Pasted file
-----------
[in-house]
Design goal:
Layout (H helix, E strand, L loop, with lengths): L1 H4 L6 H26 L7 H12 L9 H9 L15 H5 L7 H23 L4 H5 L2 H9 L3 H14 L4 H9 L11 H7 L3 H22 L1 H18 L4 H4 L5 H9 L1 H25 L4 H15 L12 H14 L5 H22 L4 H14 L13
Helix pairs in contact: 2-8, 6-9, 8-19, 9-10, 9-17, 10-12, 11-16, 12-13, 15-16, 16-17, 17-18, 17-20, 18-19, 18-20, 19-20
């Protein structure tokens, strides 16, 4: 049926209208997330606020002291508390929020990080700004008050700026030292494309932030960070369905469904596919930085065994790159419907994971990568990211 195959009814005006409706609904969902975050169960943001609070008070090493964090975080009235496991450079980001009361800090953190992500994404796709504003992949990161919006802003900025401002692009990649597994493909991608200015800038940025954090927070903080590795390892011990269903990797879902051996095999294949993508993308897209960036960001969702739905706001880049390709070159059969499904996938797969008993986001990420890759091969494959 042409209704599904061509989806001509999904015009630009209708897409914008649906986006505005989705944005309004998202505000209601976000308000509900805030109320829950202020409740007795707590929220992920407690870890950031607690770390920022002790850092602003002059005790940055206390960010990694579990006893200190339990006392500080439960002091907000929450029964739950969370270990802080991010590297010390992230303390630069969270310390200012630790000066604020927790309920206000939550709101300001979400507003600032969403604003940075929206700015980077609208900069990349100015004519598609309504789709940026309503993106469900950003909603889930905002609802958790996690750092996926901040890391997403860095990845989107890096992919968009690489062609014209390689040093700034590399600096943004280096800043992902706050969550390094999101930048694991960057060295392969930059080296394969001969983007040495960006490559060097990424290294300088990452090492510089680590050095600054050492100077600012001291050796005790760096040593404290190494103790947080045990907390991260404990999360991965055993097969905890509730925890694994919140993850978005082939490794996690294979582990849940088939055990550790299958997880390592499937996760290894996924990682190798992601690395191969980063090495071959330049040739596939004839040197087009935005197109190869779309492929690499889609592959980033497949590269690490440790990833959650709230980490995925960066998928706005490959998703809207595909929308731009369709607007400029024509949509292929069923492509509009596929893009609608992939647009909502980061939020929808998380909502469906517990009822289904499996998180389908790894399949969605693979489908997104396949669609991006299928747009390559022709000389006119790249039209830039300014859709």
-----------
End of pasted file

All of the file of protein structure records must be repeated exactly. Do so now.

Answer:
[in-house]
Design goal:
Layout (H helix, E strand, L loop, with lengths): L1 H4 L6 H26 L7 H12 L9 H9 L15 H5 L7 H23 L4 H5 L2 H9 L3 H14 L4 H9 L11 H7 L3 H22 L1 H18 L4 H4 L5 H9 L1 H25 L4 H15 L12 H14 L5 H22 L4 H14 L13
Helix pairs in contact: 2-8, 6-9, 8-19, 9-10, 9-17, 10-12, 11-16, 12-13, 15-16, 16-17, 17-18, 17-20, 18-19, 18-20, 19-20
């Protein structure tokens, strides 16, 4: 049926209208997330606020002291508390929020990080700004008050700026030292494309932030960070369905469904596919930085065994790159419907994971990568990211 195959009814005006409706609904969902975050169960943001609070008070090493964090975080009235496991450079980001009361800090953190992500994404796709504003992949990161919006802003900025401002692009990649597994493909991608200015800038940025954090927070903080590795390892011990269903990797879902051996095999294949993508993308897209960036960001969702739905706001880049390709070159059969499904996938797969008993986001990420890759091969494959 042409209704599904061509989806001509999904015009630009209708897409914008649906986006505005989705944005309004998202505000209601976000308000509900805030109320829950202020409740007795707590929220992920407690870890950031607690770390920022002790850092602003002059005790940055206390960010990694579990006893200190339990006392500080439960002091907000929450029964739950969370270990802080991010590297010390992230303390630069969270310390200012630790000066604020927790309920206000939550709101300001979400507003600032969403604003940075929206700015980077609208900069990349100015004519598609309504789709940026309503993106469900950003909603889930905002609802958790996690750092996926901040890391997403860095990845989107890096992919968009690489062609014209390689040093700034590399600096943004280096800043992902706050969550390094999101930048694991960057060295392969930059080296394969001969983007040495960006490559060097990424290294300088990452090492510089680590050095600054050492100077600012001291050796005790760096040593404290190494103790947080045990907390991260404990999360991965055993097969905890509730925890694994919140993850978005082939490794996690294979582990849940088939055990550790299958997880390592499937996760290894996924990682190798992601690395191969980063090495071959330049040739596939004839040197087009935005197109190869779309492929690499889609592959980033497949590269690490440790990833959650709230980490995925960066998928706005490959998703809207595909929308731009369709607007400029024509949509292929069923492509509009596929893009609608992939647009909502980061939020929808998380909502469906517990009822289904499996998180389908790894399949969605693979489908997104396949669609991006299928747009390559022709000389006119790249039209830039300014859709």